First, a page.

18. The Implementation of Magnetic Islands in Gyrokinetic Toroidal Code

    NASA Astrophysics Data System (ADS)

    Jiang, Peng; Lin, Zhihong; Ihor, Holod; Xiao, Chijie

    2016-02-01

    The implementation of magnetic islands in gyrokinetic simulation has been verified in the gyrokinetic toroidal code (GTC). The ion and electron density profiles become partially flattened inside the islands. The density profile at the low field side is less flattened than that at the high field side due to toroidally trapped particles in the low field side, which do not move along the perturbed magnetic field lines. When the fraction of trapped particles decreases, the density profile at the low field becomes more flattened. supported by National Special Research Program of China for ITER (Nos. 2013GB111000 and 2014GB107004), China Scholarship Council (No. 2011601098), U.S. DOE Grants DE-SC0010416 and DE-FG02-07ER54916

  19. Gyrokinetics for high-frequency modes in tokamaks

    NASA Astrophysics Data System (ADS)

    Wang, Z. T.; Wang, L.; Long, L. X.; Dong, J. Q.; He, Zhixiong; Liu, Y.; Tang, C. J.

    2012-07-01

    Gyrokinetics for high-frequency modes in tokamaks is developed. It is found that the breakdown of the invariants by perturbed electromagnetic fields drives microinstability. The obtained diamagnetic frequency, ω∗, is proportional to only the toroidal mode number rather than transverse mode numbers. Therefore, there is no nonadiabatic drive for axisymmetrical modes in gyrokinetics. Meanwhile, the conventional eikonal Ansatz breaks down for the axisymmetrical modes. The ion drift-cyclotron instability discovered in a mirror machine is found for the first time in the toroidal system. The growth rates are proportional to ρi/Ln, and the slope changes with magnetic curvature. In spherical torus, where magnetic curvature is greater than that of traditional tokamaks, instability poses a potential danger to such devices.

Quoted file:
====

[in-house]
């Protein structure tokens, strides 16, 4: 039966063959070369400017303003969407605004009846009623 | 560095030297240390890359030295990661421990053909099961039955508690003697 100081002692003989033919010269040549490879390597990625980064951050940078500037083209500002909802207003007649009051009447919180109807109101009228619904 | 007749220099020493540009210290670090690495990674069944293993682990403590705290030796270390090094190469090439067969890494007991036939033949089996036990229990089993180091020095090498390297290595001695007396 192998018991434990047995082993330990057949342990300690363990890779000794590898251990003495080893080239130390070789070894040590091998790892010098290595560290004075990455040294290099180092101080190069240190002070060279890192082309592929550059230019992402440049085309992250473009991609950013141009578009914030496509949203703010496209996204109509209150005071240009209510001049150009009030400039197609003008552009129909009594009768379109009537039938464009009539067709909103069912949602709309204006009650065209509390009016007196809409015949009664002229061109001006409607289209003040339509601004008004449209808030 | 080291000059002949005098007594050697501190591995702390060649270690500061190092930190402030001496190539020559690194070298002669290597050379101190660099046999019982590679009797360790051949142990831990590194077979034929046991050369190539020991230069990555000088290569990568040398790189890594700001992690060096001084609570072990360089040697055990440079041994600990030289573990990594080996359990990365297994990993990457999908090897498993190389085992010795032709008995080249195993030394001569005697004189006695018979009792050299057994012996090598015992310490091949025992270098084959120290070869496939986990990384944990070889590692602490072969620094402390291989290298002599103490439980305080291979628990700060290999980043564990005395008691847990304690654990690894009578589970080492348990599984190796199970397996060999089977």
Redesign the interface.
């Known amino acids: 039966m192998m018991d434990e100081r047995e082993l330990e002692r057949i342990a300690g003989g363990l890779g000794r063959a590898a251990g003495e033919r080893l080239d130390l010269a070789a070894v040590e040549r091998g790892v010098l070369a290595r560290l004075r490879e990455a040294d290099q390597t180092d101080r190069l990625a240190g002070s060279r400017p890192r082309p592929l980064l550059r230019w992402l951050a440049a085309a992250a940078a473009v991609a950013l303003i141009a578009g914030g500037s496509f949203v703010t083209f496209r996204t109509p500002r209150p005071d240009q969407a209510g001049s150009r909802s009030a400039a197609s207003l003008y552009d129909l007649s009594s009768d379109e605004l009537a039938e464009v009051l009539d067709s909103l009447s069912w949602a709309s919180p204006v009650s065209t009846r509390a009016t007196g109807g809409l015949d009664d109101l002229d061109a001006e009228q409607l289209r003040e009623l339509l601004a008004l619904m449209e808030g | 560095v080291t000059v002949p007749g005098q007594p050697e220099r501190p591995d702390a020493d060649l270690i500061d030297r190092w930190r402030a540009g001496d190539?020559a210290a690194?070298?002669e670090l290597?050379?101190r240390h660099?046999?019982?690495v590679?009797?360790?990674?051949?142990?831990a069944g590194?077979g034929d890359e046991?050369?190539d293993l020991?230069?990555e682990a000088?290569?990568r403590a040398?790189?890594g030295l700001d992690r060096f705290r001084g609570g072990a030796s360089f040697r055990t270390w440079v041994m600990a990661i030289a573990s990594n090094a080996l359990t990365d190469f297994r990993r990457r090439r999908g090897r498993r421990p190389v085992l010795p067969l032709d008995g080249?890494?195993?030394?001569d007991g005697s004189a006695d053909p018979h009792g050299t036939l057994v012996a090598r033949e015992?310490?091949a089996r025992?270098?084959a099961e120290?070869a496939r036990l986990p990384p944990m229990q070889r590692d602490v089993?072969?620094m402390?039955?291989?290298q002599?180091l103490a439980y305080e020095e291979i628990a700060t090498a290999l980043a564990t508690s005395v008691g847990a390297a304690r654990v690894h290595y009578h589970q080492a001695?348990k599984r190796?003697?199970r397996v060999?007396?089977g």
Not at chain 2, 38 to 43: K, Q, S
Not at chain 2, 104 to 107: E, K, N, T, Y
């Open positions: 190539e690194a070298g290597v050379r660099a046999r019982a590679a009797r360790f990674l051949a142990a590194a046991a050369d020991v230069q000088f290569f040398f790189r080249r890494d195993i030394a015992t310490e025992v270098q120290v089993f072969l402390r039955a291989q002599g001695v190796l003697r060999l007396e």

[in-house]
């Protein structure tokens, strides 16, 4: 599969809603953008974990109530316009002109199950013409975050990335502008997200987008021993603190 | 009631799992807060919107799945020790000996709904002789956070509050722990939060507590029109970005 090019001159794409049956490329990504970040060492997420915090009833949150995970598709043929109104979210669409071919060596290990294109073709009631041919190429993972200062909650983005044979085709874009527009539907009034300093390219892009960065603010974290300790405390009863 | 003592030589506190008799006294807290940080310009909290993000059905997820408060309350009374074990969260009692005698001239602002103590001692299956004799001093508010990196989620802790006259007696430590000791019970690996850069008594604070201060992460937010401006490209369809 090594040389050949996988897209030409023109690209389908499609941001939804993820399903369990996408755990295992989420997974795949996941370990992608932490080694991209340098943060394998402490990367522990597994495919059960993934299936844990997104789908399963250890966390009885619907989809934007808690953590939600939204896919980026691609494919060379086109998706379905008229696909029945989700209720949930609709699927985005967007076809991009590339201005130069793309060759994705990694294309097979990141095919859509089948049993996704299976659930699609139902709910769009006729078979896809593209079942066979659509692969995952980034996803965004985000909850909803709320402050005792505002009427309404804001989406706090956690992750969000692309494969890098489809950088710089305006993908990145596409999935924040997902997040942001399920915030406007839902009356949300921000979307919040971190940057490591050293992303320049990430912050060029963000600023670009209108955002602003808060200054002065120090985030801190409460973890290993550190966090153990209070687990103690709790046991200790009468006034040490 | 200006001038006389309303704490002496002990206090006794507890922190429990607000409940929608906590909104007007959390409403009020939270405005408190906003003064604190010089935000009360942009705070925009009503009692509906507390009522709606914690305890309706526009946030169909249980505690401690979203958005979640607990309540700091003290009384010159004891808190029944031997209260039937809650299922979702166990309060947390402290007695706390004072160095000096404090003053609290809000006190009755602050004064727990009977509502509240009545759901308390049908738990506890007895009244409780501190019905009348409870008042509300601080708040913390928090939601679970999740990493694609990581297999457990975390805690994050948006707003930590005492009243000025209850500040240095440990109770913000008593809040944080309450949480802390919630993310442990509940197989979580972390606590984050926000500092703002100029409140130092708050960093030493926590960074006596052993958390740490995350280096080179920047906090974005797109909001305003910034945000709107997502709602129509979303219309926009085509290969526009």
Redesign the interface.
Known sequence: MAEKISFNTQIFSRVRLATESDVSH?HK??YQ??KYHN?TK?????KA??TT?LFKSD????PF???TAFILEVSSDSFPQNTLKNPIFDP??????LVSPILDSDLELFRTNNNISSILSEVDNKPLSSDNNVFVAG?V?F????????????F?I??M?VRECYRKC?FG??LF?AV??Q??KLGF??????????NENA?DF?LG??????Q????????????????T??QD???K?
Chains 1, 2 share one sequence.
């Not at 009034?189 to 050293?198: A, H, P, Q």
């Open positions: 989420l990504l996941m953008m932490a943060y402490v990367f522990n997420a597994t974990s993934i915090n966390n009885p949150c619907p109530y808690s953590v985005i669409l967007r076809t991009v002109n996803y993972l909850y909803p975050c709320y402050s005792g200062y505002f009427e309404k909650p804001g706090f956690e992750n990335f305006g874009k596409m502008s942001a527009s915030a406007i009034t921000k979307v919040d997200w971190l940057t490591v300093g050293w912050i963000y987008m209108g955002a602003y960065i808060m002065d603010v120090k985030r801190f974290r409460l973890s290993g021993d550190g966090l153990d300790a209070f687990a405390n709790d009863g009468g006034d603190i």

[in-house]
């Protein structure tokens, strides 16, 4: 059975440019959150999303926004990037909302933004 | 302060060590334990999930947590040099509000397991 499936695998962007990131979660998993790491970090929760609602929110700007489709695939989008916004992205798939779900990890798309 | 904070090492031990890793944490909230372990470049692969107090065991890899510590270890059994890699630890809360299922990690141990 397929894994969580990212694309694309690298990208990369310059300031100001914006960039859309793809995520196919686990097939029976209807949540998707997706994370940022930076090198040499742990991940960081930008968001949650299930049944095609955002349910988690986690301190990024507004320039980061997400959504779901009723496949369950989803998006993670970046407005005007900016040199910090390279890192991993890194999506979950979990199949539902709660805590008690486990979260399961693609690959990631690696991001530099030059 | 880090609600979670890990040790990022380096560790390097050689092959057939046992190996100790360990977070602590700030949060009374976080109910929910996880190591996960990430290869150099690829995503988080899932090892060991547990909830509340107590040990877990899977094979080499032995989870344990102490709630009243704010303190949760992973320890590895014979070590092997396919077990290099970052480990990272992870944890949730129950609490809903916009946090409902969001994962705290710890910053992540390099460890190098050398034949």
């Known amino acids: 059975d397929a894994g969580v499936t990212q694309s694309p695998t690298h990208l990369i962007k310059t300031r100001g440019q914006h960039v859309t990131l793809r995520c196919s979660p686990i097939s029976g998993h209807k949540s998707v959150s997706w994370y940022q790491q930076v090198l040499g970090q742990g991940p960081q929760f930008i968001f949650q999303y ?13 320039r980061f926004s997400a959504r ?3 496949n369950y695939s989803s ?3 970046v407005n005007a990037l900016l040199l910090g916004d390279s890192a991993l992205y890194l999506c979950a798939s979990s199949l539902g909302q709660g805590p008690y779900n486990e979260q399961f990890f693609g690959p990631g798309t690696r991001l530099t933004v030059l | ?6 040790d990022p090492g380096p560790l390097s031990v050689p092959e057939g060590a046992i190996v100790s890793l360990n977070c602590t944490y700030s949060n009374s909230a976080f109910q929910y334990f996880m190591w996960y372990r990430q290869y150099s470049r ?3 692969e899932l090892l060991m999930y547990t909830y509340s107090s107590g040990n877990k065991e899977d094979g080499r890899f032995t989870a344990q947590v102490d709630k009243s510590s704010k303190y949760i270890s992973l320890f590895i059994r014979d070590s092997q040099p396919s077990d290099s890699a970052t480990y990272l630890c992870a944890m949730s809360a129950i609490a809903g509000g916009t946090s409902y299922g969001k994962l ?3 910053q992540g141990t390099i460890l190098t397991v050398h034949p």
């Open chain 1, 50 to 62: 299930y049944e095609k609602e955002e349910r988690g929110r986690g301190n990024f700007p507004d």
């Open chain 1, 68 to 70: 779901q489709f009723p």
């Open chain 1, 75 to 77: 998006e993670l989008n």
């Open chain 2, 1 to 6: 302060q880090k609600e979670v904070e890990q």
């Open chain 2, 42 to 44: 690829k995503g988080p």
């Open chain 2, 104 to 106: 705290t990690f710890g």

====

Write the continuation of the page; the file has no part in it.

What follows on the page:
20. Gyrokinetics for high-frequency modes in tokamaks

    SciTech Connect

    Wang, Z. T.; Long, L. X.; Dong, J. Q.; He, Zhixiong; Wang, L.; Liu, Y.; Tang, C. J.

    2012-07-15

    Gyrokinetics for high-frequency modes in tokamaks is developed. It is found that the breakdown of the invariants by perturbed electromagnetic fields drives microinstability. The obtained diamagnetic frequency, {omega}{sup *}, is proportional to only the toroidal mode number rather than transverse mode numbers. Therefore, there is no nonadiabatic drive for axisymmetrical modes in gyrokinetics. Meanwhile, the conventional eikonal Ansatz breaks down for the axisymmetrical modes. The ion drift-cyclotron instability discovered in a mirror machine is found for the first time in the toroidal system. The growth rates are proportional to {rho}{sub i}/L{sub n}, and the slope changes with magnetic curvature. In spherical torus, where magnetic curvature is greater than that of traditional tokamaks, instability poses a potential danger to such devices.

  1. A Numerical Instability in an ADI Algorithm for Gyrokinetics

    SciTech Connect

    E.A. Belli; G.W. Hammett

    2004-12-17